How to climb a South American volcano
Straddling the border between Bolivia and Chile, Parinacota and Pomerape are photogenic volcano “twins”, known as Los Cerros de Payachata. (Escudero Patrick/hemis.fr/Getty)
There is something magical about volcanoes. In the mind’s eye, their ice-frosted peaks rise perfect and cylindrical, topped with cotton-wool wisps of white smoke like the mystical mountains of fairy tales. They embody an awe-inspiring power; even when they are dormant we imagine them cloaked with mantles of fiery lava, cannoning rocks and spewing mushrooming clouds of ash. And climbing a volcano holds a special satisfaction: when you arrive at the top, you can not only marvel at the bird’s eye view all around, but also at the chilling view inside the mountain.
The young geology of the Andes – the mountain range that runs along the western coast of South America – is pocked with snow-capped volcanic cones. While many are breathtakingly high, several have the gradually inclined slopes of the imagined volcano, offering non-technical routes to aspiring volcano-baggers. Although these high-altitude mountains should not be taken lightly – summiting them demands the proper equipment, acclimatisation and usually a professional guide – anyone who is physically fit and mentally tough can climb them.
El Misti, Peru – 5,822m
This is the classic first-time volcano-bagger’s peak. Just outside the city of Arequipa in southern Peru, El Misti rears high above its parched surroundings as a perfect volcanic cone. This is still an active volcano – it last erupted in 1985. Contract a guide in Arequipa to transport you by 4x4 to the base of the mountain, from where it is a two-day hike to the top, with an airy camp at 4,500m on the mountain’s gravel-strewn slopes. From here, set off in the dark to summit before midday, then it is a fast, sliding descent down chutes of fine ash and scree. El Misti is best climbed between July and November when there is the least amount of snow and the views are clearest. There is no permanent ice cap, making this a straightforward trek on rock and shifting volcanic ash, though an ice axe and crampons may be needed in a snowy season. Near the summit is a sulphurous yellow crater with bubbling mud and volcanic fumaroles hissing gas.
Ampato, Peru – 6,248m
Situated in remote, dry country 100km northwest of Arequipa, dormant Ampato is perhaps best known as the last resting place of the Ice Maiden, the Inca child whose mummified body was discovered by archaeologists near the volcano’s peak in 1995. Most Ampato summiteers make it to the peak in three or four days round trip from Arequipa, camping at 5,000m and 5,500m to aid acclimatisation. Both the altitude and the terrain make this climb a little more complicated than El Misti; there is some glacier travel and some scrambling to the summit ridge, so contracting a guide is advisable: Pablo Tour has an excellent reputation. Trek highlights include camping in the empty desert dryness (you will need to carry extra water on parts of this route) and the incredible views of the surrounding plains and the Cordillera Ampato – the Ampato mountain range which is a sub-range of the Andes . This includes the active volcano Sabancaya (5,976m), which may be fuming gently as you climb.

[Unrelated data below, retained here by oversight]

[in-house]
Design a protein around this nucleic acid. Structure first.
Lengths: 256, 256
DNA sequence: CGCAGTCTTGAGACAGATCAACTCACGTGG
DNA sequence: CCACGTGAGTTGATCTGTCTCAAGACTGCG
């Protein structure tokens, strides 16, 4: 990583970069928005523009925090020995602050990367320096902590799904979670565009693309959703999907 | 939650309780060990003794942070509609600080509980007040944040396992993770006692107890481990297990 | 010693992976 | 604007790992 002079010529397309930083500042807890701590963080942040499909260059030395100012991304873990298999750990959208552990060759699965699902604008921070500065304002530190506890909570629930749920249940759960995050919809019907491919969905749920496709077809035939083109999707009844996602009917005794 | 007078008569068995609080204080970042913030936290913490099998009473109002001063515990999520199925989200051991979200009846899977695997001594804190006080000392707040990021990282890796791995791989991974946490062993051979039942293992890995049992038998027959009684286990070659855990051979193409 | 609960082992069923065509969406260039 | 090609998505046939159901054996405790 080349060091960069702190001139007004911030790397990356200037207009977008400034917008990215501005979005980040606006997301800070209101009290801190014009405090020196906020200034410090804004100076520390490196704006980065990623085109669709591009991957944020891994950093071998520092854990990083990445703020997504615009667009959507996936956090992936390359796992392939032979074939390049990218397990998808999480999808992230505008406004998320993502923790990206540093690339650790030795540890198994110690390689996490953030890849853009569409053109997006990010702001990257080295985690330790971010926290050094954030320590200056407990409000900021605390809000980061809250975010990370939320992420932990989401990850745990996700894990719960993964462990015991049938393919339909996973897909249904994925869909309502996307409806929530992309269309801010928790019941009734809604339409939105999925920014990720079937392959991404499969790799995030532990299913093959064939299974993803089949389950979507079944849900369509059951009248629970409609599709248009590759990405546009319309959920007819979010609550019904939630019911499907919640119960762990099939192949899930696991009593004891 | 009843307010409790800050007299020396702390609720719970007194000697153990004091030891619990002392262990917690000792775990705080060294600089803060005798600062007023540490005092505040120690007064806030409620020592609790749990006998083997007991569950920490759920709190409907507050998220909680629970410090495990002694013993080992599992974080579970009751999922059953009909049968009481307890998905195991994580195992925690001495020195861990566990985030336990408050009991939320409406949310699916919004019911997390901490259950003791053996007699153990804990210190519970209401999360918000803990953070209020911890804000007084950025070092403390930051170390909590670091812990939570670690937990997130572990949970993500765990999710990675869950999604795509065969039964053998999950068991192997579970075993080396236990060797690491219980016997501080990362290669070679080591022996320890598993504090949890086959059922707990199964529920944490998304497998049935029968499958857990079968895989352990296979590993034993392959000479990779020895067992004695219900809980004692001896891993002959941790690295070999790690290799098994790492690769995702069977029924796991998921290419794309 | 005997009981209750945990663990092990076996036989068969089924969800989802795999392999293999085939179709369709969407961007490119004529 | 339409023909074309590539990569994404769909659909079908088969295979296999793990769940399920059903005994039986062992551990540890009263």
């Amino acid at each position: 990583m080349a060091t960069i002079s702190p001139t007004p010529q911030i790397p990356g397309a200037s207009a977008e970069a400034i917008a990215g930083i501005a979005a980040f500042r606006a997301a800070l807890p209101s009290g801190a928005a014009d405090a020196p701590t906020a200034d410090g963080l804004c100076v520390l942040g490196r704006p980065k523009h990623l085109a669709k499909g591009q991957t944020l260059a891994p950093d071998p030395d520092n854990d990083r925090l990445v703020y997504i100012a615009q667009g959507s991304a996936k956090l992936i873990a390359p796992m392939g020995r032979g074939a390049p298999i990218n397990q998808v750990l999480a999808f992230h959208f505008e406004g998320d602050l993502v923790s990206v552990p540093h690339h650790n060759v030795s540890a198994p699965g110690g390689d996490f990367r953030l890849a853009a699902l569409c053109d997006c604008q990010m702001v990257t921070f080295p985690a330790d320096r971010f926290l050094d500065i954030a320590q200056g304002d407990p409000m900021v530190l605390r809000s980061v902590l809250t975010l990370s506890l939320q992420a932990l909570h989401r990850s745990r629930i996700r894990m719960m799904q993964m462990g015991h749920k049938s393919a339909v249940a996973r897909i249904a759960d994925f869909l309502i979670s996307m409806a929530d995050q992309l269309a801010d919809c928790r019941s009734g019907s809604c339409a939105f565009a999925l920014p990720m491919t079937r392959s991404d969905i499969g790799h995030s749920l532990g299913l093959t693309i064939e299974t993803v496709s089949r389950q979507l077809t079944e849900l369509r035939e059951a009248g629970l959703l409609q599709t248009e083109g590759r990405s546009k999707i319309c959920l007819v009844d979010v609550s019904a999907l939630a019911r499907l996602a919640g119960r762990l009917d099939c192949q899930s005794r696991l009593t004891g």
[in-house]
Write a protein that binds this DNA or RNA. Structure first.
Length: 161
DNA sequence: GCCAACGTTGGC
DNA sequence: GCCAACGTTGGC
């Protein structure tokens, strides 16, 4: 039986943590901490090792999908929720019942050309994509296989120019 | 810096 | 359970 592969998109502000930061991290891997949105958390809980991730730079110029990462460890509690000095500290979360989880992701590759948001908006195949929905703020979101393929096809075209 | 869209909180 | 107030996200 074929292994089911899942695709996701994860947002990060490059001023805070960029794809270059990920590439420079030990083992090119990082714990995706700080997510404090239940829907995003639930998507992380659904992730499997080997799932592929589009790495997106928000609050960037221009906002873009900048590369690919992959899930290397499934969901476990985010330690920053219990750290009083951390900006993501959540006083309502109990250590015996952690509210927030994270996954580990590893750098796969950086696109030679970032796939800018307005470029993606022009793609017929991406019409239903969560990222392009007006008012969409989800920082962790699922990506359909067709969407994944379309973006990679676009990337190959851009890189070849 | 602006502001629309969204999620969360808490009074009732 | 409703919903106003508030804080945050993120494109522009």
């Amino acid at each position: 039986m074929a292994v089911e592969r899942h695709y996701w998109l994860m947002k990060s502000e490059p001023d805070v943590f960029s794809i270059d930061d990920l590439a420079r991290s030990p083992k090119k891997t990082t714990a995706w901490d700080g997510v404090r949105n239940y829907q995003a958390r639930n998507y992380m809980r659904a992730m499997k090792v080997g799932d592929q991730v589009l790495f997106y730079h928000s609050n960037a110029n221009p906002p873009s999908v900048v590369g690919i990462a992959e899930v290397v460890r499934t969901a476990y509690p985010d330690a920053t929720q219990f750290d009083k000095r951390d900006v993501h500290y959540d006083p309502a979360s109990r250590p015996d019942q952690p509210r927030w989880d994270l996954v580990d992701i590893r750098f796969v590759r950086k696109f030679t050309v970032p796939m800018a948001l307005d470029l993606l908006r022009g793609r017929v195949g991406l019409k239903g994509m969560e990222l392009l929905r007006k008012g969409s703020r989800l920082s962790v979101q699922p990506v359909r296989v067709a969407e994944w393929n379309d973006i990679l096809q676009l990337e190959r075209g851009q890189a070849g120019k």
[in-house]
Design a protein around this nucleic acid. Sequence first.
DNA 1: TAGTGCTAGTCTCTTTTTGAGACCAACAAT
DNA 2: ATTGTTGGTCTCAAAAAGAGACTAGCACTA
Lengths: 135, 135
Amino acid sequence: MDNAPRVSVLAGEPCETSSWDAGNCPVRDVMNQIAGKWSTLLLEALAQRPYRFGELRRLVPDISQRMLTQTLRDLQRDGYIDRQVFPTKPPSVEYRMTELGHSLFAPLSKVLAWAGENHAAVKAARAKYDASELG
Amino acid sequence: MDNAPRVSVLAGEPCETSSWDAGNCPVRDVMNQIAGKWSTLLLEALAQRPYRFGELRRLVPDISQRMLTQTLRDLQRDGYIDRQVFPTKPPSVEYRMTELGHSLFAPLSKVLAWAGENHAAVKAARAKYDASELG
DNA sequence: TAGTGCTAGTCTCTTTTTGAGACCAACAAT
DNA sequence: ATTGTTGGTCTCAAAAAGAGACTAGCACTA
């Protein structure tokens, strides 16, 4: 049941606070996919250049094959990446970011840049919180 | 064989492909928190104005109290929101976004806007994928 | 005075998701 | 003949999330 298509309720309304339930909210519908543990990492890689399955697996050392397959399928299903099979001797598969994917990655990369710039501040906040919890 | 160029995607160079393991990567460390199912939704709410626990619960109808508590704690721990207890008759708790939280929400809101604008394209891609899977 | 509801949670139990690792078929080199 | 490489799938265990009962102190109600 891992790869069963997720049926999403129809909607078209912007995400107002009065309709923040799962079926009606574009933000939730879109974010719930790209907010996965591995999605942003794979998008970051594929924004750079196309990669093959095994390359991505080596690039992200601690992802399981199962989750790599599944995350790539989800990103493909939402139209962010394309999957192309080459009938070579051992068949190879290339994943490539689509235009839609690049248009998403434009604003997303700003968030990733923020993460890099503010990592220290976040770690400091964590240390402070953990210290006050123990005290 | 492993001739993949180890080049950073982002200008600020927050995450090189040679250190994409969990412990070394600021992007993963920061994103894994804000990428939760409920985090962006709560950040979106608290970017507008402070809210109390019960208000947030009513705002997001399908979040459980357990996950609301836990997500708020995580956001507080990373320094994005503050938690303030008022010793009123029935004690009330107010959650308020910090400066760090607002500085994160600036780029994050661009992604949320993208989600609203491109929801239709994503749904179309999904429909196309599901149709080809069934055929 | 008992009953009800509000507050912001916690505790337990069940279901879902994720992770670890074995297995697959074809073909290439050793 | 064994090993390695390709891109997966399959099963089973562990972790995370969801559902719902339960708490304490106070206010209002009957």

Cotopaxi, Ecuador – 5,897m
Although this volcano lies close to the equator, Cotopaxi’s imposing height puts this mountain’s head in the clouds often enough to give it a permanent cap of ice and snow. In fact, this is one of the world’s highest active volcanoes: its last major eruption was in 1903, and seismic activity on the mountain was noted as recently as 2002. The centrepiece of the beautiful, alpine Parque Nacional Cotopaxi, the volcano is one of the most climbed in Latin America; most get to the summit and back in a two-day trip. A gravel road goes to 4,600m, and a cold, cramped night is spent at the refugio (mountain hut) at 4,800m. Bring earplugs (it can be noisy sleeping amongst all the other trekkers) and a down sleeping bag and jacket as temperatures plummet once the sun sets. The summit day begins in headlamp light at 1 am, when a line of trekkers kicks crampon spikes into the crunchy snow and trudge slowly to the peak, hoping to summit at dawn. Outfitters in Quito, about 75km south of Cotopaxi, offer all manner of Cotopaxi climbs, often combined with mountain biking, horse riding and hiking or camping in the park. But the best place to stay, acclimatise, arrange your climb and enjoy the wonderful Ecuadorian estancia (ranch) ambience is Hacienda El Porvenir, set in the sparse, high country just outside the park.